"We need to start treating this as a disease," she says. (oh, Jesus. Not this shit again. A disease? Again.....slowing it down.....they waaaaant to have their dicks sucked.....it's not a goddamned disease you fucking moron.) She finds that men cheat when they are under stress, or dealing with a loss. Edwards' political career would certainly be high-stress, and he's dealt with the loss of a son, his wife's cancer and long periods of time away from home. (time to fuck a skank, I say!)
The rest of us are dealing with a bad economy, high gasoline prices, terrorist fears and other uncertainties that make us vulnerable. (I know when I pay $4/gal. of gas, I wanna hit some whore tang!)
"Adultery is really a wakeup call," says Weil. "It's a cry for help, a dysfunctional attempt to stabilize the relationship you're in." ("Honey, I fucked that tranny in the back alley because I was trying to stabilize our marriage. I need your help!")
She says that cheating is a way to self-medicate. "Thrill seeking creates dopamine, which makes you feel loved and happy," she says. "It's like taking a drink -- except that it can hurt someone else." (and a drink doesn't make you cum.....unless you have a really good blender, maybe)
Weil thinks fewer people would cheat if they could get that feeling at home, and she has plenty of ideas about keeping things fresh with your spouse.
"You have to do the unexpected, create the forbidden fruit and thrill-seeking by having an affair with your own husband," she says. "I'm talking about making out in a car, taking the humdrum out of life." (Oh, this is such a 'chick' idea.....Ladies, let me just set you straight - a husband having an affair will never EVER consider his wife 'forbidden fruit'. He will never have an 'affair' with his wife. Once he's done making out with you in your car once or twice, he'll get bored with that and move on to the 20-year-old college student....This is a bullshit attitude that, still, somehow, it's the woman's fault for the adulterous husband. A cheating husband is being a fucking asshole. End. of. story. )
Or you could always put it in writing. Some of her clients have "fidelity contracts" promising each other to be faithful. "One client has to pay his wife $100,000 if he cheats," she says. (....keep.....breathing....Snrub......keeeeeep....breeeeeaathii......steady....steeeeady..)
Something needs to change, says Jenny Block (yet, another chick offering advice about men. Well done, Paige) , author of Open: Love, Sex and Life in an Open Marriage. "I think we need to reevaluate how we 'do' marriage because it is not working for most people as it is," she says. "People are unhappy. People cheat. People are getting separated and divorced. And, without fail, when one political sex scandal dies down, another one crops up."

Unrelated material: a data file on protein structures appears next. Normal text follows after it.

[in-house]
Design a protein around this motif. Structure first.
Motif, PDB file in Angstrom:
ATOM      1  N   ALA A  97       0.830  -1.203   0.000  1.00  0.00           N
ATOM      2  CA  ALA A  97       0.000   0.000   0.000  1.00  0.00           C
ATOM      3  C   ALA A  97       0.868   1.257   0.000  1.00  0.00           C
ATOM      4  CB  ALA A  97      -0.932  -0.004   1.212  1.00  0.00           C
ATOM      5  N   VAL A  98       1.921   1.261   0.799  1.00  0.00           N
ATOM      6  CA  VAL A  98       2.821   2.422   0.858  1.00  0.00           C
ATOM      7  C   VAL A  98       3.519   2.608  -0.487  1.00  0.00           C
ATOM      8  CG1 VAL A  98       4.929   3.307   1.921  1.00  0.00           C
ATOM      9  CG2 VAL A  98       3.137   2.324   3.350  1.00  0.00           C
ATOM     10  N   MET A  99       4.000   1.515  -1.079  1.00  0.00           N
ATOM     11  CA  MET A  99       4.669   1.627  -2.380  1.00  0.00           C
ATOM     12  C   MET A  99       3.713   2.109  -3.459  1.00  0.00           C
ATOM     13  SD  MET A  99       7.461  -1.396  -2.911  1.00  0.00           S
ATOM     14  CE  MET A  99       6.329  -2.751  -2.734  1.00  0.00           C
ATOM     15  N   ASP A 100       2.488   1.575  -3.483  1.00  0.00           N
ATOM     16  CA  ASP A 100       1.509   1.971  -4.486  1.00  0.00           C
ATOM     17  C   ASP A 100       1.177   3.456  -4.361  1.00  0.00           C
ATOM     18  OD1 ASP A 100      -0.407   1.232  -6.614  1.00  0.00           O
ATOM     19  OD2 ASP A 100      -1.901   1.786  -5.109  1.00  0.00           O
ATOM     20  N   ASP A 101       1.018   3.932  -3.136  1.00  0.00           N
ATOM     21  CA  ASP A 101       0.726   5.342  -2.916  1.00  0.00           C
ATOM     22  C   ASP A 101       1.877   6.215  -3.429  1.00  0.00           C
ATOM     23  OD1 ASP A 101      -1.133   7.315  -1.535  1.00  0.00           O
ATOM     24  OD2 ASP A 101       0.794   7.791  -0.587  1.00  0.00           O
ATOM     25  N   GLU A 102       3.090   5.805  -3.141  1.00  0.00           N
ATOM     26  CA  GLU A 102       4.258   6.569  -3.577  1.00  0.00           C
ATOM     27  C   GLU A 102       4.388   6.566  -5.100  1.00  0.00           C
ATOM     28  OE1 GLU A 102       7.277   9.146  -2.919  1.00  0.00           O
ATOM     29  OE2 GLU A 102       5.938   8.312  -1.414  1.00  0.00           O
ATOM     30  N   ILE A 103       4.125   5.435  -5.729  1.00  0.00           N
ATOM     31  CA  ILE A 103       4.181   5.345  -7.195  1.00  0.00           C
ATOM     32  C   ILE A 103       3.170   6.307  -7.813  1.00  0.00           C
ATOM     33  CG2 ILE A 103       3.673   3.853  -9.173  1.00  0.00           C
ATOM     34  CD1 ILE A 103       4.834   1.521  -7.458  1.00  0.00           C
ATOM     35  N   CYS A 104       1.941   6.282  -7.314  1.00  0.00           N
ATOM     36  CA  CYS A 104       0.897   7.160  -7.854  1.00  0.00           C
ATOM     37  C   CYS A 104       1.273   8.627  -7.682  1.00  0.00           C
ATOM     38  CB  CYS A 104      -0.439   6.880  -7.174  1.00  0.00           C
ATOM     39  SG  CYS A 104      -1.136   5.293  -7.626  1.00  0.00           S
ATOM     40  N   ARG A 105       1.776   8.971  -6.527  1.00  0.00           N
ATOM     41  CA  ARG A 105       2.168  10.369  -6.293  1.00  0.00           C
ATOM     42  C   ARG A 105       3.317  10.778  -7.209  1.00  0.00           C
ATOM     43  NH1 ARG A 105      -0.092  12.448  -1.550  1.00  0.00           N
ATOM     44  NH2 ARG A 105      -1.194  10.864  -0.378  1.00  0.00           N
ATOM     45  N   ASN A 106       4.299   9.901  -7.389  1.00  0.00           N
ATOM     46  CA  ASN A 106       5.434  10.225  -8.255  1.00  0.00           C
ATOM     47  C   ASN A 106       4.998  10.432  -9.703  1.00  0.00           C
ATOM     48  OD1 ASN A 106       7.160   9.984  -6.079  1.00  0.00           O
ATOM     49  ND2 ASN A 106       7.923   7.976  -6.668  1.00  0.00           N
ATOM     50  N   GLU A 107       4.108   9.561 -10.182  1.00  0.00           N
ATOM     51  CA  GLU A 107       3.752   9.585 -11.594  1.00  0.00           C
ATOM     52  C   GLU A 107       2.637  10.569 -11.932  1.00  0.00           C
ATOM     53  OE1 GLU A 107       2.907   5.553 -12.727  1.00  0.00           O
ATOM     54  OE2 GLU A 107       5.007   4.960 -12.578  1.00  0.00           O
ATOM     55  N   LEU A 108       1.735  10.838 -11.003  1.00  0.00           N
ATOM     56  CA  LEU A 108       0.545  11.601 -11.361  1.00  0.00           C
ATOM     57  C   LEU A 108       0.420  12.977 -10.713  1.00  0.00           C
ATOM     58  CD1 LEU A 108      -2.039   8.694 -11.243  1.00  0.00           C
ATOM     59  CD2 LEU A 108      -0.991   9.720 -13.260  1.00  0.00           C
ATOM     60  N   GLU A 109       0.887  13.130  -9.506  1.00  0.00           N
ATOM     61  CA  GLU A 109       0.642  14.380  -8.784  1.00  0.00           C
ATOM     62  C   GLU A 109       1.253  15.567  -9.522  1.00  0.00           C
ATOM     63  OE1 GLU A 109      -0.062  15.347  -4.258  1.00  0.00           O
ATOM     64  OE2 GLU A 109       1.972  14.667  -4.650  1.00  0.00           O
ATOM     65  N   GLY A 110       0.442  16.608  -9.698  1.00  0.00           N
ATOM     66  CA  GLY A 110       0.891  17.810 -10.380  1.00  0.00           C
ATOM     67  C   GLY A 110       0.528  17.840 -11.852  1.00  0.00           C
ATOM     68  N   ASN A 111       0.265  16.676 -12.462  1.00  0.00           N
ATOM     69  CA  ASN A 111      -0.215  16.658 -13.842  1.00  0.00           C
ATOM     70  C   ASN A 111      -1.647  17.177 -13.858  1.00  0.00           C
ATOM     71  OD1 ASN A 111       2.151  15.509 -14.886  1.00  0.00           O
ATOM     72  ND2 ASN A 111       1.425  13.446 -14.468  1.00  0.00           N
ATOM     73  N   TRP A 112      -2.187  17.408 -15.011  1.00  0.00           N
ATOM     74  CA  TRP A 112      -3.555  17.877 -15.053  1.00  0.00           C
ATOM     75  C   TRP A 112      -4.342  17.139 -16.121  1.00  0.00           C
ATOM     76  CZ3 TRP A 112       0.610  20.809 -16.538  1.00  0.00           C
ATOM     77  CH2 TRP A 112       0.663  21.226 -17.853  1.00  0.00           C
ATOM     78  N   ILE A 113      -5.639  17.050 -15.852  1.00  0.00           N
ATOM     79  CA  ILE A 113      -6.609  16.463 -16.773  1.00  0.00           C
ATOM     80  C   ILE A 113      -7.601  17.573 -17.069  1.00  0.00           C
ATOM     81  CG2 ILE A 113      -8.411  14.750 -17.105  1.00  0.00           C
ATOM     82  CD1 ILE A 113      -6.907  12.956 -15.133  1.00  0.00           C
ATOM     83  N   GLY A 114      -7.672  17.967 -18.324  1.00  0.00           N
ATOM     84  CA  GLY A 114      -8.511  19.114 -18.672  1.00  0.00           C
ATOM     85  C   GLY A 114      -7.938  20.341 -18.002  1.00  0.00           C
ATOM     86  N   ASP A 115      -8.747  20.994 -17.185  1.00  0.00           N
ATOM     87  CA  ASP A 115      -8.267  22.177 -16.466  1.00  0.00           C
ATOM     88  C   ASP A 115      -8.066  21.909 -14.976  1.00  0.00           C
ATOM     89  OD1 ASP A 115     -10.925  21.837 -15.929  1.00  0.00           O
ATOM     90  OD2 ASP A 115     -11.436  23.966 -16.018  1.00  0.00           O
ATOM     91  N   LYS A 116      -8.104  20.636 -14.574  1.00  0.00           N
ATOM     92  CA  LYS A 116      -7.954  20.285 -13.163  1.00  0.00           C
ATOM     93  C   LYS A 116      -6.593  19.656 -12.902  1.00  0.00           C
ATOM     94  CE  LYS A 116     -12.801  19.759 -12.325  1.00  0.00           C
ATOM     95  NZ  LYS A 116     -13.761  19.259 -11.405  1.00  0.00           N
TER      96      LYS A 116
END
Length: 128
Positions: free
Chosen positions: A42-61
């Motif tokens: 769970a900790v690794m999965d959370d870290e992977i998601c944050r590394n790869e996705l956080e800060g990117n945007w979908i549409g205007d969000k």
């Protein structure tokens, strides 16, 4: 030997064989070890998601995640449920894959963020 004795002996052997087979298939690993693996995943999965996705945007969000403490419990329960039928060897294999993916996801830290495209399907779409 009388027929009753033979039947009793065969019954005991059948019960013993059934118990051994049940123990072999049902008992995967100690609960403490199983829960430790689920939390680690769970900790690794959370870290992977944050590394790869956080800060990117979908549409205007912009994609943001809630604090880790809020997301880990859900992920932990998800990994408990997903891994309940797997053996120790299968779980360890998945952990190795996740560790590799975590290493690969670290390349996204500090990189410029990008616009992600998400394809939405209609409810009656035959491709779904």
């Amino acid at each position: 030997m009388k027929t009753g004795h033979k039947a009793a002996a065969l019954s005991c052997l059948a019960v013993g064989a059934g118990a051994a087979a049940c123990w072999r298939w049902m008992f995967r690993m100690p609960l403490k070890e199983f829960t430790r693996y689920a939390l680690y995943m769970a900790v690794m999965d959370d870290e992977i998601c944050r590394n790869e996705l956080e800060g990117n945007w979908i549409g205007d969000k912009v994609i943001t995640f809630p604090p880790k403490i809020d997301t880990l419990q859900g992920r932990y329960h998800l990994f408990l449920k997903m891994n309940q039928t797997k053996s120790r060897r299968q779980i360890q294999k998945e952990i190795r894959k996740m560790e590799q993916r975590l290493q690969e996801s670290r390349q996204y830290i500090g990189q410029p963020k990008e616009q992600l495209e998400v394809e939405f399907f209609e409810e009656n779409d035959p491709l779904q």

If the lifestyle of TV's "Swingtown" were truly a mainstream option, she thinks a lot of people would try it. (if anybody watched it)
"Human beings are not a monogamous species, and expecting everyone to live that way is unrealistic, as this scandal proves once again," says Block. "It's as if we want to be a society of happily, healthily, successfully monogamously married people, and so we pretend we are. We pretend that works for us, and yet our actual behavior displays anything but that." (Again. What's with this 'we' shit? Talk about yourself, Jenny "on the" Block, and maybe I'll listen.)
Block knows a number of couples who are faithful and happy. But why focus so much on the ideal? "People can believe in different religions," she says. "They can believe in different methods of child-rearing. They can believe in different ways of eating and dressing. But when it comes to love and sex and relationships and marriage, there's supposed to be one right way for everyone. It keeps failing." (So does religion, parenting, eating and fashion.....people fail at all of them, yet, I guess we should just stop shooting for religious morals, being good parents, eating healthily and dressing professionally, then, because, hey, we're just going to fail anyway....what a load of lazy-ass bullshit)
Block doesn't see what Edwards' personal life has to do with his leadership abilities. And she doesn't see why we limit ourselves to monogamy.
"Would it be so bad if there was more than one way to do marriage?" she asks. "Wouldn't honest and happy be better than lying and unhappy?" (who's stopping you, shithead? You wanna fuck around while you're married? Go ahead. Lord knows, your husband's already doing it.)